Yesterday's Illusions Yield to Today's More Modest Hope

Article excerpt

For most of Christian history, churches have offered little in the way of hope for a better world on earth.

By the fourth century, St. Augustine had buried the remnants of Jewish millennialism, which looked toward a 1,000-year reign of Christ over a redeemed earth. For Augustine and for the established church that followed his views, the 1,000-year reign of Christ was limited to the church; which would gather its converts from a decaying world. Then would come the apocalyptic return of Christ to judge sinners and vindicate saints. After that, the sinners would be tossed into eternal fire and the saints would enjoy bliss in eternal heaven.

Millennial hope lingered among groups of Christians on the margins of society, such as the Waldensians and the Spiritual Franciscans in the medieval era. These groups were condemned and persecuted as heretical. In the mid-17th century during the English Civil War, millennialist movements flourished. They believed in the imminent return of Christ to defeat the powerful classes of society and restore a lush earth, free of war and injustice, where the persecuted saints would live in peace. These groups were crushed by the restoration of the English monarchy and a state church.

Yet something of their vision of hope survived. In the 18th century, it was translated into faith in progress itself. Enlightenment thinkers, such as Immanuel Kant in Germany and Marquis de Condorcet in France, believed that an age of rationality had dawned, bringing an end to superstition and injustice. A priest-dominated Christianity, which kept the people in ignorance, would be replaced by a rational religion rooted in science. Democratic government would overcome the hierarchy of aristocracy and serf and replace it with a society based on equal rights. Developments in medicine and technology would bring good health and longer life to all.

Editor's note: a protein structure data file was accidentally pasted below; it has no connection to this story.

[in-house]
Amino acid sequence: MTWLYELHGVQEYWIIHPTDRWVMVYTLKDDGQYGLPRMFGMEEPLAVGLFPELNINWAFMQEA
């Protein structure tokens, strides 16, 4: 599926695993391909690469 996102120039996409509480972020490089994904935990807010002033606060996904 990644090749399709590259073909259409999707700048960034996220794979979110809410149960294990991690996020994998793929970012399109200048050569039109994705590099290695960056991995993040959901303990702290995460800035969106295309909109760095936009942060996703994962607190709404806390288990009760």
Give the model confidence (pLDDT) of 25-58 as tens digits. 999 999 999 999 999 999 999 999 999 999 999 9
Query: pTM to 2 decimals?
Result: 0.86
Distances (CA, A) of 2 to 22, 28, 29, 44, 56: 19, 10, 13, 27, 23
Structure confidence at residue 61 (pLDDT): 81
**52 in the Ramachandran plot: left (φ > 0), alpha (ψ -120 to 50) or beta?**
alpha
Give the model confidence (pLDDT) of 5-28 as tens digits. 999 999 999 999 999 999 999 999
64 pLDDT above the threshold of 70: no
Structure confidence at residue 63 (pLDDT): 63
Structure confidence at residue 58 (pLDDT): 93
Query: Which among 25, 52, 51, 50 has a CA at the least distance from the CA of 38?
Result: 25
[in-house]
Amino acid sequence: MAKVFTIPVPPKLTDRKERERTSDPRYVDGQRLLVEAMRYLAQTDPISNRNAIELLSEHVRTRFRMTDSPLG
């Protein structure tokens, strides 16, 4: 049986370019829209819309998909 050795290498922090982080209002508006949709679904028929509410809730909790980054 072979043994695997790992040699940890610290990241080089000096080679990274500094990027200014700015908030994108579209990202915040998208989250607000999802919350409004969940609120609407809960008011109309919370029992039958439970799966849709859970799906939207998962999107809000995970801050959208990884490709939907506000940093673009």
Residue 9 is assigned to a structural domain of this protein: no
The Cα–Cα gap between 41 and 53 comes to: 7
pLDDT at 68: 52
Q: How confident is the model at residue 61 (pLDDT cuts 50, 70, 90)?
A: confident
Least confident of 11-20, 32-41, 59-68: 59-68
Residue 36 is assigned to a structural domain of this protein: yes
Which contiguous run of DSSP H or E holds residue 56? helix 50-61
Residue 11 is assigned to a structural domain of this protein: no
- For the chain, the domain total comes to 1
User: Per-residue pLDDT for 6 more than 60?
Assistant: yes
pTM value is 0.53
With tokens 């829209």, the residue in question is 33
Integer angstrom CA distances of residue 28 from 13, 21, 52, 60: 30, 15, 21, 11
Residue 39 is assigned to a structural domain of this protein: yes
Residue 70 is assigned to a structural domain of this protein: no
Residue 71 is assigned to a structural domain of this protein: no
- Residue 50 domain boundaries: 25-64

This vision of progress through science and technology still informs American culture, although for western Europeans it died in the battlefields of this century's world wars. Nations emerging from European colonization in the 1950s are likewise suspicious of faith in progress, which to them smacks of neocolonialism.

Revolutionary hope was reborn in the 1960s and found its expression in the churches through new theologies of liberation. For 25 years, the peoples of many Third World countries in Africa, Asia and Latin America struggled and died for their vision of a liberated land where the basic means of life would be extended to all. As in the biblical vision, the mighty would be put down from their thrones and the poor lifted up. …